Mercury emissions control in coal combustion systems using potassium iodide: Bench-scale and pilot-scale studies

Ying Li, Michael Daukoru, Achariya Suriyawong, Pratim Biswas

Research output: Contribution to journalArticlepeer-review

31 Scopus citations


Addition of halogens or halides has been reported to promote mercury removal in coal-fired power plants. In this study, bench- and pilot-scale experiments were conducted using potassium iodide (KI) for capture and removal of Hg in air and coal combustion exhaust. Two bench-scale reactor systems were used: (1) a packedbed reactor (PBR) packed with granular or powder KI and (2) an aerosol flow reactor (AFR) with injection of KI particles. It was found that a higher temperature, a higher concentration of KI, and a longer gas residence time resulted in a higher Hg removal efficiency. A 100% Hg removal was achieved in the PBR above 300 °C using 0.5 g of powder KI and in the AFR above 500 °C with a KI/Hg molar ratio of 600 at a 5.8 s residence time. The low KI injection ratio relative to Hg indicated that KI is highly effective for Hg removal in air. Formation of I 2 vapor by the oxidation of KI by O 2 at high temperatures, which then reacts with Hg to produce HgI 2, was identified as the pathway for removal. The pilot-scale experiments were conducted in a 160 kW pulverized coal combustor. KI was introduced in two ways: as a powder mixed with coal and by spraying KI solution droplets into the flue gas. In both cases the Hg removal efficiency increased with an increase in the feed rate of KI. Mixing KI powder with coal was found to be more effective than spraying KI into the flue gas, very likely due to the higher temperature, longer residence time of KI, and the formation of a secondary reactive sorbent. The Hg removal by KI was less efficient in the pilot-scale tests than in the bench-scale tests probably due to certain flue gas components reacting with KI or I 2. Hg speciation measurements in both benchand pilot-scale experiments indicated no oxidized mercury in the gas phase upon introduction of KI, indicating that the oxidation product HgI 2 was captured in the particulate phase. This is very beneficial in coal-fired power plants equipped with electrostatic precipitators where particulate-bound Hg can be efficiently removed.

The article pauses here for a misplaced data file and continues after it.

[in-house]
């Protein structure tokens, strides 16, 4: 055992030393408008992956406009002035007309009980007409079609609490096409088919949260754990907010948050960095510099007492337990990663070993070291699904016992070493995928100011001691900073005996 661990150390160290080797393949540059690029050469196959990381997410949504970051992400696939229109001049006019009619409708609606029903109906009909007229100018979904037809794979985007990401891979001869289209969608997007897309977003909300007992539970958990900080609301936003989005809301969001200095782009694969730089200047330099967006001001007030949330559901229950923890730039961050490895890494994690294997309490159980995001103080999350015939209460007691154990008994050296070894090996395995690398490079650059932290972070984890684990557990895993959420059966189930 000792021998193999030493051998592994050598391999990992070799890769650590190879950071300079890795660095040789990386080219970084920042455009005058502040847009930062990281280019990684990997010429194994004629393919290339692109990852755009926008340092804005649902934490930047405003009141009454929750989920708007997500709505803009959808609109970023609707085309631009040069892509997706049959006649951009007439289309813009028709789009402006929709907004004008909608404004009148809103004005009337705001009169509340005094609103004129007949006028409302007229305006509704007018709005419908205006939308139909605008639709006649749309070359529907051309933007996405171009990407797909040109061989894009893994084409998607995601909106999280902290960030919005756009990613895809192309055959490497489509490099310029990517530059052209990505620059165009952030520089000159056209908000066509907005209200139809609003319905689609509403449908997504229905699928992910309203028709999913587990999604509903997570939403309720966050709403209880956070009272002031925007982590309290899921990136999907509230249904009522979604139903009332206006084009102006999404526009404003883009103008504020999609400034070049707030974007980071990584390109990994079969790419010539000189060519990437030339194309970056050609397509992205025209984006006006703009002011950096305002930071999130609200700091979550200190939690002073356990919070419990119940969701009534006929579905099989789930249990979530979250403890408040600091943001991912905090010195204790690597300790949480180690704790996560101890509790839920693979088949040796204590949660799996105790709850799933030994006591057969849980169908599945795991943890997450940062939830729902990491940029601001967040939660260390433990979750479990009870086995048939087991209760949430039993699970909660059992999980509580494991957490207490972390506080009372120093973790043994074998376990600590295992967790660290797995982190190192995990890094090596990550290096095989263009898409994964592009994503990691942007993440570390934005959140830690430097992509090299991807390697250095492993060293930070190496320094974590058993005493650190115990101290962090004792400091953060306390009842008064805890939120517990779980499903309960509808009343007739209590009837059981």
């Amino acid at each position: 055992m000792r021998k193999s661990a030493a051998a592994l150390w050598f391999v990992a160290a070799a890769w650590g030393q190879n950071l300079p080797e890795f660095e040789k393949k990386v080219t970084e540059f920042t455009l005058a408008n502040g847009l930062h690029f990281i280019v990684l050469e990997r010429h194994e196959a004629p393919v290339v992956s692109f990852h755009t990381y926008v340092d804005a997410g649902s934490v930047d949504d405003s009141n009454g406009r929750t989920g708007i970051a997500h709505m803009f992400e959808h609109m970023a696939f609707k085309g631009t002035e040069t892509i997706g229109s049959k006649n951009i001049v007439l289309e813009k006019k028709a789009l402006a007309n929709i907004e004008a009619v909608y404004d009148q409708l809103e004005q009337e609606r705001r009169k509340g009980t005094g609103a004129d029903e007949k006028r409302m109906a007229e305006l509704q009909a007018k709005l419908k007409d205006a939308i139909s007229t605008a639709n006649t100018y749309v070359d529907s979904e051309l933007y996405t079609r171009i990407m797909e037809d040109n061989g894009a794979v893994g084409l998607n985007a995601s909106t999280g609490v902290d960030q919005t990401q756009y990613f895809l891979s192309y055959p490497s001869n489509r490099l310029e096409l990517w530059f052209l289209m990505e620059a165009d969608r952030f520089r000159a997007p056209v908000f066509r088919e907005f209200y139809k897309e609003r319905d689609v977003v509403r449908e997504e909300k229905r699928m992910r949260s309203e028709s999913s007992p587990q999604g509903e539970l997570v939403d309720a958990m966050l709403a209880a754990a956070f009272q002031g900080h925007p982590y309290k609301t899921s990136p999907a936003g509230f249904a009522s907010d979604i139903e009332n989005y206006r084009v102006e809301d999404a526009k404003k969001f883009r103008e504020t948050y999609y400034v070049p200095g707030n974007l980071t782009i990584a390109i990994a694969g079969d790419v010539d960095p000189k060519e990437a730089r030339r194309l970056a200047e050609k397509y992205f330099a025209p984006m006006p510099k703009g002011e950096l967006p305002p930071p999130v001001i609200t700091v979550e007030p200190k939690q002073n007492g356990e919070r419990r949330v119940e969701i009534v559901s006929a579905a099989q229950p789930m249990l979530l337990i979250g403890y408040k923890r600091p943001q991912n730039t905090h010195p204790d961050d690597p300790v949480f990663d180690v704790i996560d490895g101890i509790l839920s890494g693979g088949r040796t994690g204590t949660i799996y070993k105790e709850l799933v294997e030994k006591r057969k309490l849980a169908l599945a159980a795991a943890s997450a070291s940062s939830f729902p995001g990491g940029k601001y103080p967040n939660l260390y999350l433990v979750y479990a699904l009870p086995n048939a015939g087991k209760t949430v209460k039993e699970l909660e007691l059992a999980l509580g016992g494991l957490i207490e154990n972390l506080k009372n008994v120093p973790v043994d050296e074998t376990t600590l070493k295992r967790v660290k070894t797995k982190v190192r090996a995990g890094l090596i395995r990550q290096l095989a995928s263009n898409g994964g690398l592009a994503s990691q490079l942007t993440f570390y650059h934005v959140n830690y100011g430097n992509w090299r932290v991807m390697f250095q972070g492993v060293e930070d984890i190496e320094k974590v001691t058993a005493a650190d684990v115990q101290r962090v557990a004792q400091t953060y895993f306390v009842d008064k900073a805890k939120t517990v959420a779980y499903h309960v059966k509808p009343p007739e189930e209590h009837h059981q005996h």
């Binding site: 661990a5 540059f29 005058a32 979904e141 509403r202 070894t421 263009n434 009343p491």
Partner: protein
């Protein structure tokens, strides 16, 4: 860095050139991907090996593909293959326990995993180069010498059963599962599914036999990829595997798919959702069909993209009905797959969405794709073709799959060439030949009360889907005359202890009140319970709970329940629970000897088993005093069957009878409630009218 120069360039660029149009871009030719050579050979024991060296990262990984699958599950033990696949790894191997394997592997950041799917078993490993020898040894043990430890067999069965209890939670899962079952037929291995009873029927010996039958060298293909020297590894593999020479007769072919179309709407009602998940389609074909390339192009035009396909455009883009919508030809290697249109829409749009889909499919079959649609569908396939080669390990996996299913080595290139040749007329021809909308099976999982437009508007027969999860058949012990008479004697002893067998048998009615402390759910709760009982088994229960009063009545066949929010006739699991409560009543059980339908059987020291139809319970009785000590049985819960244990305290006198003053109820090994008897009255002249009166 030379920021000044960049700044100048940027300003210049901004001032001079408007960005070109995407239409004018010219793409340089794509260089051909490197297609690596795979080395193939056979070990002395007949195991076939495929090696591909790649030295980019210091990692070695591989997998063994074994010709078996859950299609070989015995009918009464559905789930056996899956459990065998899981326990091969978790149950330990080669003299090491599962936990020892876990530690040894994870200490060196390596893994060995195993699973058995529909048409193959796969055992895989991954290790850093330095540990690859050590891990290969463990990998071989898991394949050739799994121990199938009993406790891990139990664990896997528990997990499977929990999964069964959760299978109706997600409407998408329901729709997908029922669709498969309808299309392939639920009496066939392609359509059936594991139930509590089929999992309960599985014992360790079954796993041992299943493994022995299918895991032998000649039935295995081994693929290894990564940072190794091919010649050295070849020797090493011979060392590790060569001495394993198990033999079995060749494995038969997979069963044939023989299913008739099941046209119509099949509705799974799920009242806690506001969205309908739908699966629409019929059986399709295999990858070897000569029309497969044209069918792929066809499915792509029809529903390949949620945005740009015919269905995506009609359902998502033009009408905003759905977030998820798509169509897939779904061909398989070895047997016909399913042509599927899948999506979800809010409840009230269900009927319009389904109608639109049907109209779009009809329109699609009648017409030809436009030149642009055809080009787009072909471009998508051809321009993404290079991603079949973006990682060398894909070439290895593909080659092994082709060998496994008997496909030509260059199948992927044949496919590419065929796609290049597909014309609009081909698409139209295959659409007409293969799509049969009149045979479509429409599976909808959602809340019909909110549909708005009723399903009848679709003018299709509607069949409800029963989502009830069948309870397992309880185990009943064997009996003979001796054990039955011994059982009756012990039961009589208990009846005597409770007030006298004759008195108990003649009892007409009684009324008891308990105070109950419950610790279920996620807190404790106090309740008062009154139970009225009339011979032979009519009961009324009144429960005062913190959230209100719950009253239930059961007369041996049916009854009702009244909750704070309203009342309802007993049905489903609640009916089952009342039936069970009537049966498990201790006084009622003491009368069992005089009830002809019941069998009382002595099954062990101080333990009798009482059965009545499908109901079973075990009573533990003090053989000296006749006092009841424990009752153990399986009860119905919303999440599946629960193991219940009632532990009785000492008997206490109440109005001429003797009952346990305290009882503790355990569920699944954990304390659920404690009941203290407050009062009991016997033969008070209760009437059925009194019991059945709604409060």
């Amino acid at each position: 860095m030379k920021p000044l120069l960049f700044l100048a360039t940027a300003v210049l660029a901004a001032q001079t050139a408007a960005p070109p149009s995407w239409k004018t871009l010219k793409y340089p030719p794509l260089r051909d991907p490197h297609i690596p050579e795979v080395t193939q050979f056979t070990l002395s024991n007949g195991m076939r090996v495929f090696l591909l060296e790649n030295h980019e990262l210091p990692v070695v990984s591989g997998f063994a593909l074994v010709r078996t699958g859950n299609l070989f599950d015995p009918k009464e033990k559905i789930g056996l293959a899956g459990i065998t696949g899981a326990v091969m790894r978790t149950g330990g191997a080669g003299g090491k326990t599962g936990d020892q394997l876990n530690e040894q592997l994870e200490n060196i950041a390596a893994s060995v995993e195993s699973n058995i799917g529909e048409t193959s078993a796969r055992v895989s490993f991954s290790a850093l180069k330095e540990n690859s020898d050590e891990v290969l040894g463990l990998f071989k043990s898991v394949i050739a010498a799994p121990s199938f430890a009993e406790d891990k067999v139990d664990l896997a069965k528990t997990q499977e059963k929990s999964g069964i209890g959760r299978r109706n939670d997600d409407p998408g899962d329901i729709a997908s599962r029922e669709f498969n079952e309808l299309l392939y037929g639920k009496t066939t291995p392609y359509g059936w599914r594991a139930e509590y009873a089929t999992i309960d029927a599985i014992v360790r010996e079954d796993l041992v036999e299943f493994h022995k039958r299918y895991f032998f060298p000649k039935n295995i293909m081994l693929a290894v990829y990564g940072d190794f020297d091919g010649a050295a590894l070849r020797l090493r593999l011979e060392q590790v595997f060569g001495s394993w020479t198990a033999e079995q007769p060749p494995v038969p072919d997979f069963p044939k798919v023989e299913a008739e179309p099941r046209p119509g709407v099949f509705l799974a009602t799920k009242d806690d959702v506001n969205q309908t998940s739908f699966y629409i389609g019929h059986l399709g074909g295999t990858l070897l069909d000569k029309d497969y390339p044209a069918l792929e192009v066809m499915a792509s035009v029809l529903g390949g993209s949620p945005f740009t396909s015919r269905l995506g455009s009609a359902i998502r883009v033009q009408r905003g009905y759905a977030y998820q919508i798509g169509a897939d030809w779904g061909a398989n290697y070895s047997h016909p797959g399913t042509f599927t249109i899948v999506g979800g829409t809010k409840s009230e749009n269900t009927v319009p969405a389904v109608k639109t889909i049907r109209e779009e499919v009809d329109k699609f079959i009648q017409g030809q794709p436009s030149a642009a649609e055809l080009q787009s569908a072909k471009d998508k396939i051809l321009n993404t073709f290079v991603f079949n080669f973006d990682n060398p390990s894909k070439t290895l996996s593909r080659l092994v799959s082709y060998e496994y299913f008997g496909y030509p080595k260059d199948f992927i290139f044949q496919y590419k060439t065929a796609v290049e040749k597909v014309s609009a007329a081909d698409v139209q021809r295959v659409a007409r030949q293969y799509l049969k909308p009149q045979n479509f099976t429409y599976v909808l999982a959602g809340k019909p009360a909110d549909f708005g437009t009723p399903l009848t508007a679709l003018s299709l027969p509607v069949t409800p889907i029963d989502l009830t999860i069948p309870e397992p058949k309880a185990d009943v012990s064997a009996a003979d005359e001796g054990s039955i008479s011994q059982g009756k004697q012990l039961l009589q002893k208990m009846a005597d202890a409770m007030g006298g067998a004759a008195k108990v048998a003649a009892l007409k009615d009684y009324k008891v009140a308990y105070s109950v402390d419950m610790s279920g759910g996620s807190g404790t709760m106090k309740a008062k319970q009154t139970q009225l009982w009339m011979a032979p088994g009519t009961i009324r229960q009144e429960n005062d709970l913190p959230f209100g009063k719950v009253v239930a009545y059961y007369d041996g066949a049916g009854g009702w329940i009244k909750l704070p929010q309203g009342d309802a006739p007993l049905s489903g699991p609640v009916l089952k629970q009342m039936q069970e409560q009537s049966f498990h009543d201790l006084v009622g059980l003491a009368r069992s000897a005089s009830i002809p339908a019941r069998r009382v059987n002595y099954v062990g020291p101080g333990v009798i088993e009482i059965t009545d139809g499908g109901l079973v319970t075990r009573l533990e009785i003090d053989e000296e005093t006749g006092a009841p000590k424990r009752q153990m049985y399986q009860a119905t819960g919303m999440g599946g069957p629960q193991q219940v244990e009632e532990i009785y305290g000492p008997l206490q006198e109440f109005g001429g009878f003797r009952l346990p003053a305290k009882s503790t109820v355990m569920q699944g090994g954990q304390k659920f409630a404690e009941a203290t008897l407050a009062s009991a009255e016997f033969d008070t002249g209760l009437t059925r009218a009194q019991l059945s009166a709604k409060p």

Original languageEnglish (US)
Pages (from-to)236-243
Number of pages8
JournalEnergy and Fuels
Issue number1
StatePublished - Jan 22 2009
Externally publishedYes

ASJC Scopus subject areas

  • Chemical Engineering(all)
  • Fuel Technology
  • Energy Engineering and Power Technology


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